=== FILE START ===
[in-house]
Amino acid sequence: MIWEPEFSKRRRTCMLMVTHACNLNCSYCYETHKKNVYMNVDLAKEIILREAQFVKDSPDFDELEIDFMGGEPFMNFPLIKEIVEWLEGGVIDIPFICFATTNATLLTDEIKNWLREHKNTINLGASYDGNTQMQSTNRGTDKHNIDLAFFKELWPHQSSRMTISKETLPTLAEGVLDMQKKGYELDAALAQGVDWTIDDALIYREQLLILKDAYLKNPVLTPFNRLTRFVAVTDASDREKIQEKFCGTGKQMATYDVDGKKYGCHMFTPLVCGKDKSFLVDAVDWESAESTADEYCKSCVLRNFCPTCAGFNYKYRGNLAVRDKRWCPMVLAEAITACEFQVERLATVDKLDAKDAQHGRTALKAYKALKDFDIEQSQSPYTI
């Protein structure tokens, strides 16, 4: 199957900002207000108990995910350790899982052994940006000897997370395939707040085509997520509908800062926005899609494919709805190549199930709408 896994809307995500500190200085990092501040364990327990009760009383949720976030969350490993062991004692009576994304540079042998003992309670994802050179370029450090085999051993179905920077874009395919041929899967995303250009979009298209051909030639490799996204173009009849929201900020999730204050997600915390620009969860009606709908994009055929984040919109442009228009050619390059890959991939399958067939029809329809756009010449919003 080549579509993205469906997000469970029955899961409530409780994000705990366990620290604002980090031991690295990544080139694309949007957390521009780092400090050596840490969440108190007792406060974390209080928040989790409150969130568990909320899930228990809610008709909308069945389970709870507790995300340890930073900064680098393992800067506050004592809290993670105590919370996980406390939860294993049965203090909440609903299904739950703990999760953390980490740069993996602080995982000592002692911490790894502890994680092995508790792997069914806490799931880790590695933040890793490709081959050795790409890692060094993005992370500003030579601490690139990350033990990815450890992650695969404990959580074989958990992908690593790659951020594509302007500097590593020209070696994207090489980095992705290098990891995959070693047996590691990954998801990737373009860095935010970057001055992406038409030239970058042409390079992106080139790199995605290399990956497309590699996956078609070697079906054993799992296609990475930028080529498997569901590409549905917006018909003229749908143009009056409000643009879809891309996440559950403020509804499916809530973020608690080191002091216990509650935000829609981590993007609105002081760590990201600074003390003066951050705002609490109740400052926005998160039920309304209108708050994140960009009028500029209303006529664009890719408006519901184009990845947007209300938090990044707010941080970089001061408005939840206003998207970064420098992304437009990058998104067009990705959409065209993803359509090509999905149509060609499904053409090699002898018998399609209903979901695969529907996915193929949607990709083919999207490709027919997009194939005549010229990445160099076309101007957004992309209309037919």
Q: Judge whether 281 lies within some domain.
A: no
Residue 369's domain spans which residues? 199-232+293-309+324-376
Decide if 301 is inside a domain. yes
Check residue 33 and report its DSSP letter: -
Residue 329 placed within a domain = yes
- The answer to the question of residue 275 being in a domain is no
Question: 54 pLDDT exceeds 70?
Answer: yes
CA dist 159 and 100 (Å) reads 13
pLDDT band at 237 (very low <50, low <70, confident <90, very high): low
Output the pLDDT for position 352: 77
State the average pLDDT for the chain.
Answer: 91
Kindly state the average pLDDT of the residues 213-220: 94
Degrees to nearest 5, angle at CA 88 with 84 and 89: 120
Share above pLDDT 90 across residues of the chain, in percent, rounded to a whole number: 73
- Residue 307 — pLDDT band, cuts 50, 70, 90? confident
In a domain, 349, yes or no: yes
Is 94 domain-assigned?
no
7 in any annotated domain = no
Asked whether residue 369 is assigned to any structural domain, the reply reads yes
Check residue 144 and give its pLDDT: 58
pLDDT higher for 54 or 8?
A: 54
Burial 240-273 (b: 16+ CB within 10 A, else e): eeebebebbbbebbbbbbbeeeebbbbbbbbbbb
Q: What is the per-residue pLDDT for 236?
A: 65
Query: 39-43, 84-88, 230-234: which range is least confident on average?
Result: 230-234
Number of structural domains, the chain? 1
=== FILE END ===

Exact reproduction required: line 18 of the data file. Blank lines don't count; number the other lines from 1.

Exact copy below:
Kindly state the average pLDDT of the residues 213-220: 94